Collaborative initiatives can be easy to begin and hard to sustain.
Effective inter-agency relationships are a critical element of sustainable collaborative initiatives. They need to be set up and supported by systematic and early planning, clear documentation and ongoing review processes.
For effective relationships to be developed, there needs to be alignment of organisations' goals and values, and a basic agreement about:
- the purpose of the collaboration and what the organisations will try to achieve together
- mutual expectations about outcomes and processes
- the principles or values by which the partners will operate. These principles need to include agreements to operate with transparency and openness in dealings with one another.
Lessons from formal collaborative initiatives indicate that the following are needed to sustain effective collaborative relationships:
- a strong commitment to shared strategic goals and a truly shared, achievable purpose
- leadership at relevant levels to set the vision, direction, principles and a culture of collaboration
- a strong commitment from partner agencies to developing effective and sustainable working relationships based on transparency, openness, a commitment to problem solving and building trust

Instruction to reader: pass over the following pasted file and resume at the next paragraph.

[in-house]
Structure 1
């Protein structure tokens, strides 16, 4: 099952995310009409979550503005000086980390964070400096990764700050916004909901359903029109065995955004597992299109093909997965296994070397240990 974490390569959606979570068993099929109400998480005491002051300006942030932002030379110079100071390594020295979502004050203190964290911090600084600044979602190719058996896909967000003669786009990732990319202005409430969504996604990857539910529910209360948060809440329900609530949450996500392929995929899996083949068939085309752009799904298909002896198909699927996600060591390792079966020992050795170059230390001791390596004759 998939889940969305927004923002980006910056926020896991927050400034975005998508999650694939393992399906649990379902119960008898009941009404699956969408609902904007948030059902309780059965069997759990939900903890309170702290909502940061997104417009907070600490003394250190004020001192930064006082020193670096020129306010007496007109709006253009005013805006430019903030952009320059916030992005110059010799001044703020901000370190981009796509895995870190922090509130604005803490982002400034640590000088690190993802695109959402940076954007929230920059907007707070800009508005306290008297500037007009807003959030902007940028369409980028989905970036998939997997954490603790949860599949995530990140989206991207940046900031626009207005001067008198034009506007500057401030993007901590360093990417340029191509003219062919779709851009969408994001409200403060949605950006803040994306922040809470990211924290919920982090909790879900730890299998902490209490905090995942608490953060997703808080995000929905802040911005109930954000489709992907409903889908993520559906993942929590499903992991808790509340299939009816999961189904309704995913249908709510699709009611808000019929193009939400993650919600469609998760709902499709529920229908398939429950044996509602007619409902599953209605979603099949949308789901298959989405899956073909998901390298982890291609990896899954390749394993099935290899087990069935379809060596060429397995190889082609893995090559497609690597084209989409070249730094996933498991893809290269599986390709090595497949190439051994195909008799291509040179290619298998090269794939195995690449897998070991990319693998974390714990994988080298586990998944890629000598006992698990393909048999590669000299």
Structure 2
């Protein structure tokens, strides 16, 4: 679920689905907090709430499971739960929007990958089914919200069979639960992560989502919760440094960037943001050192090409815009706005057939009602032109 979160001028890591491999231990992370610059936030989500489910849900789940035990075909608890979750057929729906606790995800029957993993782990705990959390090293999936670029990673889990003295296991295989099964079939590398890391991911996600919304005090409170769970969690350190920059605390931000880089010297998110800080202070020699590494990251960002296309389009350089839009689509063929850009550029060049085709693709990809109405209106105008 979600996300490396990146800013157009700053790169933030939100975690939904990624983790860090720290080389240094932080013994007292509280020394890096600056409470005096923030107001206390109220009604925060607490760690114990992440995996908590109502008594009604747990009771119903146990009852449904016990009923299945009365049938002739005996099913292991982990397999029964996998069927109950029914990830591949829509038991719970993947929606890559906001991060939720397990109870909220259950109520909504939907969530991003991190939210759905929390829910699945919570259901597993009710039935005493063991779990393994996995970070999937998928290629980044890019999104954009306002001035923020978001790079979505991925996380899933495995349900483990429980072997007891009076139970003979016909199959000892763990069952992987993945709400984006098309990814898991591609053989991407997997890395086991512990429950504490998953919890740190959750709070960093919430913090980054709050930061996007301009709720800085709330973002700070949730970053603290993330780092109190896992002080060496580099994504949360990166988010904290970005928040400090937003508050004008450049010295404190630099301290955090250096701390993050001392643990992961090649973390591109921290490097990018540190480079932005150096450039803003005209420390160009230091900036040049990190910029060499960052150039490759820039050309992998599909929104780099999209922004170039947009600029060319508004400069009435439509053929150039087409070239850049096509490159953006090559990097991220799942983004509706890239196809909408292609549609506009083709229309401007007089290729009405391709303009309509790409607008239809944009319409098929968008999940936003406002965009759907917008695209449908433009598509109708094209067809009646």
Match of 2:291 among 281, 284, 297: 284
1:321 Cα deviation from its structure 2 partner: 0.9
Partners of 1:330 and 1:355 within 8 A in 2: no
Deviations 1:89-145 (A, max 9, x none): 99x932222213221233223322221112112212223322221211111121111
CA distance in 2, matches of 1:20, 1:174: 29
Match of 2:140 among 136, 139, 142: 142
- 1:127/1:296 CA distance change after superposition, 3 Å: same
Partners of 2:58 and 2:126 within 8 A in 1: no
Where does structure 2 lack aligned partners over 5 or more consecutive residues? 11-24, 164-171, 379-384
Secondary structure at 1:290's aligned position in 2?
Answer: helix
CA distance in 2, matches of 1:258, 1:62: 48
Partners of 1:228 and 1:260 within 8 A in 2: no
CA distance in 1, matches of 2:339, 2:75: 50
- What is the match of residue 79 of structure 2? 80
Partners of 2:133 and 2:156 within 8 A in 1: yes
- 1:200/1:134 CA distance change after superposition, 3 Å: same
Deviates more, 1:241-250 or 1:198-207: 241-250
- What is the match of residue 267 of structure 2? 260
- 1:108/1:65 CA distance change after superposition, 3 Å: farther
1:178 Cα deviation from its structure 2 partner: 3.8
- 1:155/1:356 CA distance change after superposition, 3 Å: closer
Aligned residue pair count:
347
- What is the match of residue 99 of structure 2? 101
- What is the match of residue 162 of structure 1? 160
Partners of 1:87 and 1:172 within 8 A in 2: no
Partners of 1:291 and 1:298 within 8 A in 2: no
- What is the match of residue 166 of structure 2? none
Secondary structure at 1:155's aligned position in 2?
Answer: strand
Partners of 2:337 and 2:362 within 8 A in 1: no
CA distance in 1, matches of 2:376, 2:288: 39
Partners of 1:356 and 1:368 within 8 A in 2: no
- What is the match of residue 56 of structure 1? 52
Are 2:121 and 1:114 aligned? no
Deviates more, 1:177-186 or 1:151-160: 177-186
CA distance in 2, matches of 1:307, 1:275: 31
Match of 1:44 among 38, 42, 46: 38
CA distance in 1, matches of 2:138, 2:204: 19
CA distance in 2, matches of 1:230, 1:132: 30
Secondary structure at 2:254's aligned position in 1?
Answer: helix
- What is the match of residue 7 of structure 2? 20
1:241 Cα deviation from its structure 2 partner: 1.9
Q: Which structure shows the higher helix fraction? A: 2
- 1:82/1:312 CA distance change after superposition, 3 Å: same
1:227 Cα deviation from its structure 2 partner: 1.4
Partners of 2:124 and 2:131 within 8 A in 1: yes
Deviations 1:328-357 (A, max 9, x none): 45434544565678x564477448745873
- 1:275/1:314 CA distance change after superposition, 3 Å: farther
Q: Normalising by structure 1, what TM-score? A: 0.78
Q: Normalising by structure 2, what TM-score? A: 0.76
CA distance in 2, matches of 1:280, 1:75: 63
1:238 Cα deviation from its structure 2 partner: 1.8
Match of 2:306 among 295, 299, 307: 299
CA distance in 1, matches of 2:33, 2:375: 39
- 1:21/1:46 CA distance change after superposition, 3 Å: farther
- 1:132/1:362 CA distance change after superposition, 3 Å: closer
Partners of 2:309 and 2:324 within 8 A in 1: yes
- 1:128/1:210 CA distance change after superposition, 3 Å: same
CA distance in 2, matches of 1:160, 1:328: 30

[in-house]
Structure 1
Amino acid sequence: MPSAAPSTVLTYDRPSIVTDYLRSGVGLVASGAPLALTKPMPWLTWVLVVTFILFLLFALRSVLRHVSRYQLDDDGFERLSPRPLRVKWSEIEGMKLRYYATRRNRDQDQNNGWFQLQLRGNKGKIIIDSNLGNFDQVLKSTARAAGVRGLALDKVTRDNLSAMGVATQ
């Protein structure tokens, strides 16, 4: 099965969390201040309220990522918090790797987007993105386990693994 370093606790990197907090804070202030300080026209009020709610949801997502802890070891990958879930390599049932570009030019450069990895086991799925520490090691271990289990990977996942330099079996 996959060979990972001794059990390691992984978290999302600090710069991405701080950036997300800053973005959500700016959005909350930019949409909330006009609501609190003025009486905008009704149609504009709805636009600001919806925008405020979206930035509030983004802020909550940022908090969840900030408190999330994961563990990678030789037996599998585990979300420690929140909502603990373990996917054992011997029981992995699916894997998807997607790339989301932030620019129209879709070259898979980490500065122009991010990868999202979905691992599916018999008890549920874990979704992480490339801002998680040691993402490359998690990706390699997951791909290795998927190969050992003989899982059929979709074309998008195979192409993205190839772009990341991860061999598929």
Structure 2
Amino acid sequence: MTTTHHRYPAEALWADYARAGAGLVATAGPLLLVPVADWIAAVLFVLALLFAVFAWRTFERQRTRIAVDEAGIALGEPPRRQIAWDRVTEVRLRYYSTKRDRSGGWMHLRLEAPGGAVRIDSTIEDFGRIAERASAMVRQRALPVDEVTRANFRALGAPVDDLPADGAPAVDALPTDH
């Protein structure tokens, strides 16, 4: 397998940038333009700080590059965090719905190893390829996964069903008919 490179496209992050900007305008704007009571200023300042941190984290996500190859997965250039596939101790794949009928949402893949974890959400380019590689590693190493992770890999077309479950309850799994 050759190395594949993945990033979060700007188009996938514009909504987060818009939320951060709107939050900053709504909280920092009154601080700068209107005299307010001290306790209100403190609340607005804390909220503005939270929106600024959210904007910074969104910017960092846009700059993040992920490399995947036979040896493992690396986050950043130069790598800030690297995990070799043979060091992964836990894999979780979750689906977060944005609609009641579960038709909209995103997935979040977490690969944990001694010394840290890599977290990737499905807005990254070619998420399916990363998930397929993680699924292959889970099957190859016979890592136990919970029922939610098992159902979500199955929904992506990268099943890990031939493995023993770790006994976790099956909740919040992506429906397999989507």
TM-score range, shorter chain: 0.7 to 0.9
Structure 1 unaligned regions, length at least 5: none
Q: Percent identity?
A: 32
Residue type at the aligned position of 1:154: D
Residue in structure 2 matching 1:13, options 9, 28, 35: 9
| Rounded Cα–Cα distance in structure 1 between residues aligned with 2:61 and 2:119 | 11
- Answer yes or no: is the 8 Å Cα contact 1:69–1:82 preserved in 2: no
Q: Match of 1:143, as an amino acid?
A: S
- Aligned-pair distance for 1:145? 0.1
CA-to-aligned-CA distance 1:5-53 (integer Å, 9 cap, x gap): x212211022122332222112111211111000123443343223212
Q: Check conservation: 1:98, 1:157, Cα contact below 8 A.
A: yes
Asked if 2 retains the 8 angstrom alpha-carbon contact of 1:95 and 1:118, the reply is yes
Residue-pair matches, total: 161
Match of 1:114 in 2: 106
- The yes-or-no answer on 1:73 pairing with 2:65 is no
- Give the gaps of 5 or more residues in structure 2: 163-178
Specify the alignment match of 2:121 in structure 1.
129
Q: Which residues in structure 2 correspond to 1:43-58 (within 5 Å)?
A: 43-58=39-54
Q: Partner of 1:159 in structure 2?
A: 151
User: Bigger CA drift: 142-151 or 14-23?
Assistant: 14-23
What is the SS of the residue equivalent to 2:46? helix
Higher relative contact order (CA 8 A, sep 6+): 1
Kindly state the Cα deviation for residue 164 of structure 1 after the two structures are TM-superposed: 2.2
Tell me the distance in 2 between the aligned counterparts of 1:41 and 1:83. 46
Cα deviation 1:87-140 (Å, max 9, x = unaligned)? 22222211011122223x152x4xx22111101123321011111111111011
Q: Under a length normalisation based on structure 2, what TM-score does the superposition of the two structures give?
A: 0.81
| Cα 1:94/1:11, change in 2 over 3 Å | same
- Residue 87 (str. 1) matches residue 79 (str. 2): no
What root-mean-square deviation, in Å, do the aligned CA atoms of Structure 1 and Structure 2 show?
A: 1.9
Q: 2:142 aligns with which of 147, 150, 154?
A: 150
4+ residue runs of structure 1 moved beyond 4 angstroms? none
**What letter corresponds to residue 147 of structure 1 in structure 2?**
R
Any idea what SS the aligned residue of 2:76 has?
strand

- clear parameters for the collaboration and identified roles and responsibilities of the collaborating partners
- an investment of time and resources in relevant management and governance processes
- regular and meaningful communication and timely and appropriate access to information for partner agencies
- agreed processes for problem solving, non-adversarial dispute resolution and partnership termination
- flexibility to respond to change and to be innovative, while maintaining focus on the initiative's main objective
- recognition of the commitment and capacity of those involved
- requirement to develop as a bottom-up as well as a top-down process
- feedback from relevant stakeholders, including clients where relevant
- regular review as goals and partnership arrangements may need to change over time.
Investment in the collaborative relationship is essential to avoid the common problems of collaboration failure, which can include:
- uneven workload distribution
- inadequate planning
- lack of enthusiasm
- conflict due to differing values
- unrealistic expectations.